LOS ANGELES: Mercury dropped Turkey as a client on Friday after being publicly criticized by dozens of California politicians last week.
The Omnicom Group firm notified the Justice Department of its decision in a filing that stated the shop terminated its relationship with the Turkish embassy on Friday.
Mercury declined additional comment.
The decision came days after Los Angeles City Council President Nury Martinez, California State Assembly Majority Leader Ian Calderon, California State Senator Anthony Portantino and others called out Mercury on Twitter for its work with Turkey.
Mercury had worked with Turkey since at least 2016, according to Justice Department documents, and signed its most recent deal with the country, worth $1 million, on January 29. Under the most recent contract, which was scheduled to run through the end of the year, Mercury was providing influencer engagement, strategic media outreach, social media support, consular support and grassroots engagement and media monitoring and analysis.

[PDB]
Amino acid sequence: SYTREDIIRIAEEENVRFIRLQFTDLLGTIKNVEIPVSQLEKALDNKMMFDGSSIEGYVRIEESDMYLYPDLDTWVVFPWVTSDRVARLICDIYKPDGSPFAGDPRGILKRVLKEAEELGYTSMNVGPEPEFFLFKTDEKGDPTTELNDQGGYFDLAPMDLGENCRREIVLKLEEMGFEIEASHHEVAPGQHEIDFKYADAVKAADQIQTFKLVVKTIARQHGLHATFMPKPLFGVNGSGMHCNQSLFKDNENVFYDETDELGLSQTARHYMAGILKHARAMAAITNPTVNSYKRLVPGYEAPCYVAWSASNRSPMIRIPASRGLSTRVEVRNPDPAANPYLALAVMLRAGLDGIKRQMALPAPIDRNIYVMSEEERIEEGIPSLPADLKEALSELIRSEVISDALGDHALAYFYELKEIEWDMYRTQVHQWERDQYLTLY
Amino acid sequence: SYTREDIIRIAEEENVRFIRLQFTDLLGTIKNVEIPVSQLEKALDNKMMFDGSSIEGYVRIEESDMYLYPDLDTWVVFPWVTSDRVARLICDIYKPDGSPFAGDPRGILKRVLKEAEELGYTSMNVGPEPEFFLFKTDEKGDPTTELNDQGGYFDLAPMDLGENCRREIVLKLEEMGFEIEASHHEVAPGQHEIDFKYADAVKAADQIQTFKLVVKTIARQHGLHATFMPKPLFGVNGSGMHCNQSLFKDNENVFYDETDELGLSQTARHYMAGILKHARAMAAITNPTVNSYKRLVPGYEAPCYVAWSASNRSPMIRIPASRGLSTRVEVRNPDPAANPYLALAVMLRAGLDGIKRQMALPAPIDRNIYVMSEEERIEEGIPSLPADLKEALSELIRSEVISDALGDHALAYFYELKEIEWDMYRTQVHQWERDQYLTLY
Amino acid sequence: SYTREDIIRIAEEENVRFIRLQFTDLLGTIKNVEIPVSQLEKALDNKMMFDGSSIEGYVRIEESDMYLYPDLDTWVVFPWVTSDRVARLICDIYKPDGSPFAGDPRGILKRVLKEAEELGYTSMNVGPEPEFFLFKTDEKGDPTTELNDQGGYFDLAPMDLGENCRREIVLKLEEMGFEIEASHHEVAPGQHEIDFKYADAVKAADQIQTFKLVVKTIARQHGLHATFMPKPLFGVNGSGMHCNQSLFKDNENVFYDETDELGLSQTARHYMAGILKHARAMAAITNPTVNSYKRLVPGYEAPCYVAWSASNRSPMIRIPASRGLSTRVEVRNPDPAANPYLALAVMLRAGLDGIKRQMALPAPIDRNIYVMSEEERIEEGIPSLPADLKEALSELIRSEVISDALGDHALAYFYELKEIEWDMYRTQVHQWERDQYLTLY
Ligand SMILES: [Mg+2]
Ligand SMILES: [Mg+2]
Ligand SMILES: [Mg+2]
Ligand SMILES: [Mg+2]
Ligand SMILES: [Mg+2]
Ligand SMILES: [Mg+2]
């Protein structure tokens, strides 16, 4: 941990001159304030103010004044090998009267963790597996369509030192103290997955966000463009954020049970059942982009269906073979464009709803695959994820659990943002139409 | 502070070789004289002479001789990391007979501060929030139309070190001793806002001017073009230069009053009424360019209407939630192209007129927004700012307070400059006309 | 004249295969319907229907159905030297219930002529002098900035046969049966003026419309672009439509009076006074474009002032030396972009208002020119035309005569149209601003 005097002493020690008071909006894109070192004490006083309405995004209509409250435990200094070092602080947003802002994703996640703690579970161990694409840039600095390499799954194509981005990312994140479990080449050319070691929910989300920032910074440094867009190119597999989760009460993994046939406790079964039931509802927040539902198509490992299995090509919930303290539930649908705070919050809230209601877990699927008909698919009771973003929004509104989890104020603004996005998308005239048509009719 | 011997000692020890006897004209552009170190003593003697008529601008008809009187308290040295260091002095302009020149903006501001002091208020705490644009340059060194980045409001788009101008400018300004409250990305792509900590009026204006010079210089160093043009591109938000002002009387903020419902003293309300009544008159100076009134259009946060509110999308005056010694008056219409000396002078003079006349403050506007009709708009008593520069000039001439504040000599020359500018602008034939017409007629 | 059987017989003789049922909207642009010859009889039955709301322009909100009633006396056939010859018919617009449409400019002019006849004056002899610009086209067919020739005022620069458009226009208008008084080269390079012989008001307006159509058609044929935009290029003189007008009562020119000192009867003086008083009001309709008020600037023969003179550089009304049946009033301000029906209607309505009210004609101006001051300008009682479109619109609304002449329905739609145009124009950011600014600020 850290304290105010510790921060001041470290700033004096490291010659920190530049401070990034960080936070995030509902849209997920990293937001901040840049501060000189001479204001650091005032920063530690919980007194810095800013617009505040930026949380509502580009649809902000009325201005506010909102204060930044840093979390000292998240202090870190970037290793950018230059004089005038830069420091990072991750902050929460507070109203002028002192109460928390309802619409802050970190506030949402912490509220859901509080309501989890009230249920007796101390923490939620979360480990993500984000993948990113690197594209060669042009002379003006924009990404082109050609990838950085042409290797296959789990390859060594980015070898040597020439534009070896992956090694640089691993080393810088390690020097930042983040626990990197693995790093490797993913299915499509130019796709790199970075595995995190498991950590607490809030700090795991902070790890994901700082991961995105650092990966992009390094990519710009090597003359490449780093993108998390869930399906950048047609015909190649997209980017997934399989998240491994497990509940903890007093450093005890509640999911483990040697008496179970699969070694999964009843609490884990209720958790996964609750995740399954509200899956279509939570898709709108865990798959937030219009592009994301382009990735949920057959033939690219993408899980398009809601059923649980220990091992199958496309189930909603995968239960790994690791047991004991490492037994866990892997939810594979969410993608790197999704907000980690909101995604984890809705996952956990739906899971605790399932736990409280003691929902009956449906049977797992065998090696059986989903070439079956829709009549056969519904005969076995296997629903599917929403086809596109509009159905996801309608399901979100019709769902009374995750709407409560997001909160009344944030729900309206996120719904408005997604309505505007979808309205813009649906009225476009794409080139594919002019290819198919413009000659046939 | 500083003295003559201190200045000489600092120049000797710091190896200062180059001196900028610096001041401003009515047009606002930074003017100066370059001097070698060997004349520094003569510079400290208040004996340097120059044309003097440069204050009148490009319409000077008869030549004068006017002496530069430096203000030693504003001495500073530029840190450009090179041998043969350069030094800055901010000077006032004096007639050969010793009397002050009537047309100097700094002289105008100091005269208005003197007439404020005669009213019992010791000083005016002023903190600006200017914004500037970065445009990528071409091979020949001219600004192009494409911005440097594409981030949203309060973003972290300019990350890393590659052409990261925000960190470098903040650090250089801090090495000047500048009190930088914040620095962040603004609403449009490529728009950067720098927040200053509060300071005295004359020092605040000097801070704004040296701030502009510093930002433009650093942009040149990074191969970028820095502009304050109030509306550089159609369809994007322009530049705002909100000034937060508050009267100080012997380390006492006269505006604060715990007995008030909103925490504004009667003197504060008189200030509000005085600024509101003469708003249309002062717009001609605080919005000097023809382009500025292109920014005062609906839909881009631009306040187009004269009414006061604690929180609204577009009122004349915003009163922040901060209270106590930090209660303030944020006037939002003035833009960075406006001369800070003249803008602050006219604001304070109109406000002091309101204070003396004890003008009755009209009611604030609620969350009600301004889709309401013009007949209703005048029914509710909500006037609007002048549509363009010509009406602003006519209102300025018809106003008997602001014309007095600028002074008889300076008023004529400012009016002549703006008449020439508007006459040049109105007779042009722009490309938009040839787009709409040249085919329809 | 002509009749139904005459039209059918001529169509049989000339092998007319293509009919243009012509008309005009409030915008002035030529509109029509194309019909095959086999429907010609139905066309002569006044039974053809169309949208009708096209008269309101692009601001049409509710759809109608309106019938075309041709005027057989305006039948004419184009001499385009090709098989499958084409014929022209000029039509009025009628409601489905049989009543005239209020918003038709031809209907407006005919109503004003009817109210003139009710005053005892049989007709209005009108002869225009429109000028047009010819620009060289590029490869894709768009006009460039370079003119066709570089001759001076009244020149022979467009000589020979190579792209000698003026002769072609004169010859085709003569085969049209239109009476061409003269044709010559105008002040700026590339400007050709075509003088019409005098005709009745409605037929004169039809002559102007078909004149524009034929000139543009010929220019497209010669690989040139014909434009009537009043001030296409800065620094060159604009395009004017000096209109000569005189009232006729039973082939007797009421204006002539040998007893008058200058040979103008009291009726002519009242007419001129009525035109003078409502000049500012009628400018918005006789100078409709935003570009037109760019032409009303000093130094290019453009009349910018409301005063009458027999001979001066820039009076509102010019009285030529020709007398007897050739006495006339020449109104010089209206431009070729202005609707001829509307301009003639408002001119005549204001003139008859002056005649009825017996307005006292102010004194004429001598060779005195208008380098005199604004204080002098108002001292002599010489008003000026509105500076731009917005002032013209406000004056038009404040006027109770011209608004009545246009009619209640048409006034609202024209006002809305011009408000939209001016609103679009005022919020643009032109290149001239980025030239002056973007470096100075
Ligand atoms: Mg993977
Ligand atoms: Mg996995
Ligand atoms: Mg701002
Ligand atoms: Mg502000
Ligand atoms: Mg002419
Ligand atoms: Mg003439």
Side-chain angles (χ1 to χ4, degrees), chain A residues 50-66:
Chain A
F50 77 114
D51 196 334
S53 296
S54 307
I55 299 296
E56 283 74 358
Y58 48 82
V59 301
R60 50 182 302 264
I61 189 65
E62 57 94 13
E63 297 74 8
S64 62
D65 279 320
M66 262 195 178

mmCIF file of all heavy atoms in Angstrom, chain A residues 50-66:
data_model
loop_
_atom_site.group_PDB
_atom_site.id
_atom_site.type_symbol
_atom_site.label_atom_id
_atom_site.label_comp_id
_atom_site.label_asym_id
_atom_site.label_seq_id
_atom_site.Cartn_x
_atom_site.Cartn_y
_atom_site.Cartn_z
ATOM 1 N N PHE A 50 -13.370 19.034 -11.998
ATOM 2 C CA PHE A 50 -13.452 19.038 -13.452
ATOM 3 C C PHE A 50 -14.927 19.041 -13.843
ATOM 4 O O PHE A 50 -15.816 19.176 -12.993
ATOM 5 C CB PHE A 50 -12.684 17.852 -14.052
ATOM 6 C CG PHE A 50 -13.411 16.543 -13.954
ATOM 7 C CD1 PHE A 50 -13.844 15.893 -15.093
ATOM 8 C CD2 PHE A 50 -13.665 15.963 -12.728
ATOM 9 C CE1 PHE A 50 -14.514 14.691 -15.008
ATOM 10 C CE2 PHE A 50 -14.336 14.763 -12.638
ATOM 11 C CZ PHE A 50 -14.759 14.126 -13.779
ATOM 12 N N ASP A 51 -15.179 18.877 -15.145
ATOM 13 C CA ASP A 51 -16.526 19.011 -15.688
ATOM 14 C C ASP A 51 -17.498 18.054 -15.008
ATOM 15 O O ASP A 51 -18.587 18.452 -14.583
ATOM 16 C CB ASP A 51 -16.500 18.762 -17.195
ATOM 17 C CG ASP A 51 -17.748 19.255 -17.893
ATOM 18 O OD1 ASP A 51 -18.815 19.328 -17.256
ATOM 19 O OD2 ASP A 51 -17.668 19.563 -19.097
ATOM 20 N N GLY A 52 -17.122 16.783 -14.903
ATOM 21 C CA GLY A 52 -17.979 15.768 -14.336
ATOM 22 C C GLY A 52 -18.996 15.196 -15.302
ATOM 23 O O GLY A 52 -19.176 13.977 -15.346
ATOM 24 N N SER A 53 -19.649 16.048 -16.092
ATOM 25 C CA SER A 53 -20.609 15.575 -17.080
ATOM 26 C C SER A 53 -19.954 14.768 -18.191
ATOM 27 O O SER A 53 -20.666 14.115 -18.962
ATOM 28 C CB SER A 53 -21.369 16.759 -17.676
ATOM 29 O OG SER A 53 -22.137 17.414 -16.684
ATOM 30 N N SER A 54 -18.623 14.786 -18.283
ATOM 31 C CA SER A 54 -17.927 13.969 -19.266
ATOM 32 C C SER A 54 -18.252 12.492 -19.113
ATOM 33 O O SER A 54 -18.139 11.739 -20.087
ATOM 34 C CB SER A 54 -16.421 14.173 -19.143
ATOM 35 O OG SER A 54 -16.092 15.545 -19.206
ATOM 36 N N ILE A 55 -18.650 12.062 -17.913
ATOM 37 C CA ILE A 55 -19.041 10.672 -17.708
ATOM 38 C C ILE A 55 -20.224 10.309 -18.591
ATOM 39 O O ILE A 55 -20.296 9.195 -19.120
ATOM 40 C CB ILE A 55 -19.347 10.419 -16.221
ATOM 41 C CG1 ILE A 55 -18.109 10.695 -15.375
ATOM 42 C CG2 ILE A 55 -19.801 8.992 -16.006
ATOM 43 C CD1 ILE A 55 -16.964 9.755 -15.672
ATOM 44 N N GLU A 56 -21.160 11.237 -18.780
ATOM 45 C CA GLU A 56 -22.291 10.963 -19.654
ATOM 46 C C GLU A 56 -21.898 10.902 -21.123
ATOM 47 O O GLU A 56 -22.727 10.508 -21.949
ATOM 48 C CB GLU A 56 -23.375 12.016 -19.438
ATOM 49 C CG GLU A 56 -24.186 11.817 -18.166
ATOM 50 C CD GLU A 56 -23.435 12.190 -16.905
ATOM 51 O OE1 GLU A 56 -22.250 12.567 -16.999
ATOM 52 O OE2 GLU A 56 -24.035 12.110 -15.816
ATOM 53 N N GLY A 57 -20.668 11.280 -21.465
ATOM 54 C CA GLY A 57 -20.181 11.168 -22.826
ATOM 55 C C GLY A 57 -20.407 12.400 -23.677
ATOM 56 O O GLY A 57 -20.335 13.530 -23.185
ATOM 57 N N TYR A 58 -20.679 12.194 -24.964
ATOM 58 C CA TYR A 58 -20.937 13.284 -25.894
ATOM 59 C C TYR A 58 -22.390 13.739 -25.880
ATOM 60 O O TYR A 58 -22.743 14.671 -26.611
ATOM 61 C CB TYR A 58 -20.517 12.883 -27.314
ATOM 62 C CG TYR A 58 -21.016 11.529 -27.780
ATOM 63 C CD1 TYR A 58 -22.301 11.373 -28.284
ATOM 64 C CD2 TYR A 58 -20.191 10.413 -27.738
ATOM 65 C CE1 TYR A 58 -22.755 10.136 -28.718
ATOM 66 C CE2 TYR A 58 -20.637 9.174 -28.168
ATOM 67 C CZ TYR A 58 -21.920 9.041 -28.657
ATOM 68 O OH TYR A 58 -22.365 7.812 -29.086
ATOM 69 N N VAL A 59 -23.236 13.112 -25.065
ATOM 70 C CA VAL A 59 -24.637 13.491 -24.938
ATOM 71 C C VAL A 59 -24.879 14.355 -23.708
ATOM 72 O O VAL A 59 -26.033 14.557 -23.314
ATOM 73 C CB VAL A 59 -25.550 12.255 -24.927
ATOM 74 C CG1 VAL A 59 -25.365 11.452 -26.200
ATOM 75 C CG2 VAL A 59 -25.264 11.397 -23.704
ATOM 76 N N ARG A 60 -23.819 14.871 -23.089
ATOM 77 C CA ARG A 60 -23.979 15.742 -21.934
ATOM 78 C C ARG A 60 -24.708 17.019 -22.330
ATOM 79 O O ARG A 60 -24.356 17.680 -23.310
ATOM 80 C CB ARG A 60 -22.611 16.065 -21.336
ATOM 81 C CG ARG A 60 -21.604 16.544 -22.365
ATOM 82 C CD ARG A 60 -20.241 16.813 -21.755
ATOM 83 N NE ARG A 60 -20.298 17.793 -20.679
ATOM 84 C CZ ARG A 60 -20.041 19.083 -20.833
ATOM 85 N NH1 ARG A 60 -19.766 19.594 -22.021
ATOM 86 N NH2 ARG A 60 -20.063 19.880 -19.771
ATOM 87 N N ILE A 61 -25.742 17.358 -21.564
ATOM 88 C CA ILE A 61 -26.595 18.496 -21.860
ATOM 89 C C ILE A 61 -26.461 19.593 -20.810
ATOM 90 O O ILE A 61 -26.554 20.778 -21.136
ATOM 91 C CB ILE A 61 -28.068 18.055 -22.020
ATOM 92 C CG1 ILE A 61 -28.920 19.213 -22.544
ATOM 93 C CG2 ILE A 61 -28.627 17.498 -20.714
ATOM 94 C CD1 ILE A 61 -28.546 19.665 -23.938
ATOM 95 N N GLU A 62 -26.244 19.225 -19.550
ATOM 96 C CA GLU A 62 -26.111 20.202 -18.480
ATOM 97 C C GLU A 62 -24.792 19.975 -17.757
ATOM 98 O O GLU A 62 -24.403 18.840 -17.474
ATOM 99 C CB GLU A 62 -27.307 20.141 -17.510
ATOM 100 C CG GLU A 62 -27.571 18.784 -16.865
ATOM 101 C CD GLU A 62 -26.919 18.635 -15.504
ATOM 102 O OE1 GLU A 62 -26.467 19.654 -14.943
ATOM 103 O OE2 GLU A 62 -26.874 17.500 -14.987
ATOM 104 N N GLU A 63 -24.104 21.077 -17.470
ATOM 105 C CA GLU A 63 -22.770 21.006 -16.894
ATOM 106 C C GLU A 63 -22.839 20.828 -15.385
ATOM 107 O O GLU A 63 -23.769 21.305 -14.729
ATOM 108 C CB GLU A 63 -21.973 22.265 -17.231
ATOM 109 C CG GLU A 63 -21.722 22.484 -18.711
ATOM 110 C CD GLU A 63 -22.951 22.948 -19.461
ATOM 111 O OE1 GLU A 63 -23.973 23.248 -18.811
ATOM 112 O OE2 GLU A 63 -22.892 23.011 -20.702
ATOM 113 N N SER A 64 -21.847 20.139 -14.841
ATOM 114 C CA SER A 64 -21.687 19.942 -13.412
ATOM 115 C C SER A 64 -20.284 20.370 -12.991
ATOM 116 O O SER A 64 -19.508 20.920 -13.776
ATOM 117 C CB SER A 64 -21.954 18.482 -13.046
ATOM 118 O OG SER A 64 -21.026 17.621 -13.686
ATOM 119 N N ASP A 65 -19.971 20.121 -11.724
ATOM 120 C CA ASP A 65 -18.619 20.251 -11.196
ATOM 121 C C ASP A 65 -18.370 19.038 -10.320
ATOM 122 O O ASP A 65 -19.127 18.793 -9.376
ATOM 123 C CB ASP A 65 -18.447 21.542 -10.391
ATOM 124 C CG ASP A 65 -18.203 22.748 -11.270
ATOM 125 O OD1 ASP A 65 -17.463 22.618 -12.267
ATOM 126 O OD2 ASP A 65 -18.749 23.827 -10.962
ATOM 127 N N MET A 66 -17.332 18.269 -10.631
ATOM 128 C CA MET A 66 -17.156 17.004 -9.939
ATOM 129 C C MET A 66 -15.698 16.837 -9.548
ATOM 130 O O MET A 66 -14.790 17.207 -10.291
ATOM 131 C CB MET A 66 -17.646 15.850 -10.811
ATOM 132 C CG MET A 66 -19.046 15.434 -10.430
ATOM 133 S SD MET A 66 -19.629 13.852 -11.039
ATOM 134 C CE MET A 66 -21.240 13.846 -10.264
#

Mercury did not comment on whether it would cut ties with the Turkey-U.S. Business Council or TAIK. The agency’s most recent work for TAIK began on August 13, according to documents filed with the Justice Department.
The Business Council is made up of private member companies, according to the filing, but is part of a larger organization that is overseen in part by the Turkish Ministry of Trade. The document did not say what duties Mercury performs for the Business Council or its compensation.
Mercury has represented the Turkey-U.S. Business Council since at least 2018, according to Justice Department records.